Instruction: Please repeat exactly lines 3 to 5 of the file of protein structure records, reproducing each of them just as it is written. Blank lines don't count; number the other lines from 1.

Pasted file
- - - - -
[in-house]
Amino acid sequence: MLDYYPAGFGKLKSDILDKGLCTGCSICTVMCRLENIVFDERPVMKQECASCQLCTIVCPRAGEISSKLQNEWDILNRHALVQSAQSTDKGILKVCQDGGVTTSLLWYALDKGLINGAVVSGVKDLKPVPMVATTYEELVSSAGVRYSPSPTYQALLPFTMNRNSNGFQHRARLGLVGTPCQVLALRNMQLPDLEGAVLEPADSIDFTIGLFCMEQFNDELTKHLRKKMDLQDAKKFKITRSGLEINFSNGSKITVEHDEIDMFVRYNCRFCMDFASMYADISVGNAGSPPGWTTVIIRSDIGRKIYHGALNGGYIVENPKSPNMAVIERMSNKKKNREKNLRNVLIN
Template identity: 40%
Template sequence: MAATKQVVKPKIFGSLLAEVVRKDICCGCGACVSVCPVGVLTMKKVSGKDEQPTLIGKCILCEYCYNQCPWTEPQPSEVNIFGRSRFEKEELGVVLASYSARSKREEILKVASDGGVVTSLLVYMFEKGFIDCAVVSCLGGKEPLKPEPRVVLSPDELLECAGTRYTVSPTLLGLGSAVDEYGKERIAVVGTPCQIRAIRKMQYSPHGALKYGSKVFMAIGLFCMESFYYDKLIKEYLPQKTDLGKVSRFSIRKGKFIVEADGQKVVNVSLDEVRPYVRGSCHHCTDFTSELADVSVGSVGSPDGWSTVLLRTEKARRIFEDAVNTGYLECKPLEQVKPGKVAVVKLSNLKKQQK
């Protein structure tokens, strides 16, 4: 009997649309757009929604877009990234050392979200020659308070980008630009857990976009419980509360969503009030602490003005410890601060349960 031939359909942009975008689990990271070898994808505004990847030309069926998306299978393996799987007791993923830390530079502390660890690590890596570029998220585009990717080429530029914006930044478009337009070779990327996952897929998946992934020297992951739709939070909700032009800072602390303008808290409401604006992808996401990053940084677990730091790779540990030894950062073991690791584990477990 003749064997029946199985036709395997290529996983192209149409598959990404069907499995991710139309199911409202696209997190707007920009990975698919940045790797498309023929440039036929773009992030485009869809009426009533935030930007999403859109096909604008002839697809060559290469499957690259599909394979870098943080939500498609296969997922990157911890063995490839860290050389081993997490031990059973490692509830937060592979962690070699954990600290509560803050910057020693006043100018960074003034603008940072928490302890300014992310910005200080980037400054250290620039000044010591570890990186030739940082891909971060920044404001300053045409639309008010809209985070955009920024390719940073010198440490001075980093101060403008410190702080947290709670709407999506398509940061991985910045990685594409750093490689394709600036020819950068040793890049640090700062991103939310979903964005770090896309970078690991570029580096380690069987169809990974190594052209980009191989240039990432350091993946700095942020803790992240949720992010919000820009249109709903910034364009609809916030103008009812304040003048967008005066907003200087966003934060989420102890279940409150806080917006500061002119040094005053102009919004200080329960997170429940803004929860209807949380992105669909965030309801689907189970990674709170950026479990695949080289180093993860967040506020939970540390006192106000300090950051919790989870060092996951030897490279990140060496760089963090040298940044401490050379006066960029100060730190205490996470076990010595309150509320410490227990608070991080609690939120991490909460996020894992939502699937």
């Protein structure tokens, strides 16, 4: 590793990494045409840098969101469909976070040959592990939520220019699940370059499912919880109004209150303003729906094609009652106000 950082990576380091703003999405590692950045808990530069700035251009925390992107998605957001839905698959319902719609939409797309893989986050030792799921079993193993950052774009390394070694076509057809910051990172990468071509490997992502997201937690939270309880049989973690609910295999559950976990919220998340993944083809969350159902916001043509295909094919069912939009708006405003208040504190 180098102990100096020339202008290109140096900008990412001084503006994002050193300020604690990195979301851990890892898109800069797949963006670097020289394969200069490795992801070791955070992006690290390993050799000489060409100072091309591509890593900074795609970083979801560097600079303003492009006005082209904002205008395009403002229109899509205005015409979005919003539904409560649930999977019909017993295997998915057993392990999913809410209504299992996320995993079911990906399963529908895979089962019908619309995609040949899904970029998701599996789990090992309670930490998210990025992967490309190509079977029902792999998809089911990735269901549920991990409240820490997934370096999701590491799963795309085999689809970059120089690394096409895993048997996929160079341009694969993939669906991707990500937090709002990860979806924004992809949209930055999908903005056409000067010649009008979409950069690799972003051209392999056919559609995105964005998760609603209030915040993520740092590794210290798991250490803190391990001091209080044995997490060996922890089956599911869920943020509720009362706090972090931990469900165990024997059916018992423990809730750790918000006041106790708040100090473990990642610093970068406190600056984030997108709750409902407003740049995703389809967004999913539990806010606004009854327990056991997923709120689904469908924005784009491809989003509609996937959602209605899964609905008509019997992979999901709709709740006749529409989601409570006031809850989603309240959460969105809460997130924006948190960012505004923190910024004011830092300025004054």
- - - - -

Template identity: 40%
Template sequence: MAATKQVVKPKIFGSLLAEVVRKDICCGCGACVSVCPVGVLTMKKVSGKDEQPTLIGKCILCEYCYNQCPWTEPQPSEVNIFGRSRFEKEELGVVLASYSARSKREEILKVASDGGVVTSLLVYMFEKGFIDCAVVSCLGGKEPLKPEPRVVLSPDELLECAGTRYTVSPTLLGLGSAVDEYGKERIAVVGTPCQIRAIRKMQYSPHGALKYGSKVFMAIGLFCMESFYYDKLIKEYLPQKTDLGKVSRFSIRKGKFIVEADGQKVVNVSLDEVRPYVRGSCHHCTDFTSELADVSVGSVGSPDGWSTVLLRTEKARRIFEDAVNTGYLECKPLEQVKPGKVAVVKLSNLKKQQK
């Protein structure tokens, strides 16, 4: 009997649309757009929604877009990234050392979200020659308070980008630009857990976009419980509360969503009030602490003005410890601060349960 031939359909942009975008689990990271070898994808505004990847030309069926998306299978393996799987007791993923830390530079502390660890690590890596570029998220585009990717080429530029914006930044478009337009070779990327996952897929998946992934020297992951739709939070909700032009800072602390303008808290409401604006992808996401990053940084677990730091790779540990030894950062073991690791584990477990 003749064997029946199985036709395997290529996983192209149409598959990404069907499995991710139309199911409202696209997190707007920009990975698919940045790797498309023929440039036929773009992030485009869809009426009533935030930007999403859109096909604008002839697809060559290469499957690259599909394979870098943080939500498609296969997922990157911890063995490839860290050389081993997490031990059973490692509830937060592979962690070699954990600290509560803050910057020693006043100018960074003034603008940072928490302890300014992310910005200080980037400054250290620039000044010591570890990186030739940082891909971060920044404001300053045409639309008010809209985070955009920024390719940073010198440490001075980093101060403008410190702080947290709670709407999506398509940061991985910045990685594409750093490689394709600036020819950068040793890049640090700062991103939310979903964005770090896309970078690991570029580096380690069987169809990974190594052209980009191989240039990432350091993946700095942020803790992240949720992010919000820009249109709903910034364009609809916030103008009812304040003048967008005066907003200087966003934060989420102890279940409150806080917006500061002119040094005053102009919004200080329960997170429940803004929860209807949380992105669909965030309801689907189970990674709170950026479990695949080289180093993860967040506020939970540390006192106000300090950051919790989870060092996951030897490279990140060496760089963090040298940044401490050379006066960029100060730190205490996470076990010595309150509320410490227990608070991080609690939120991490909460996020894992939502699937």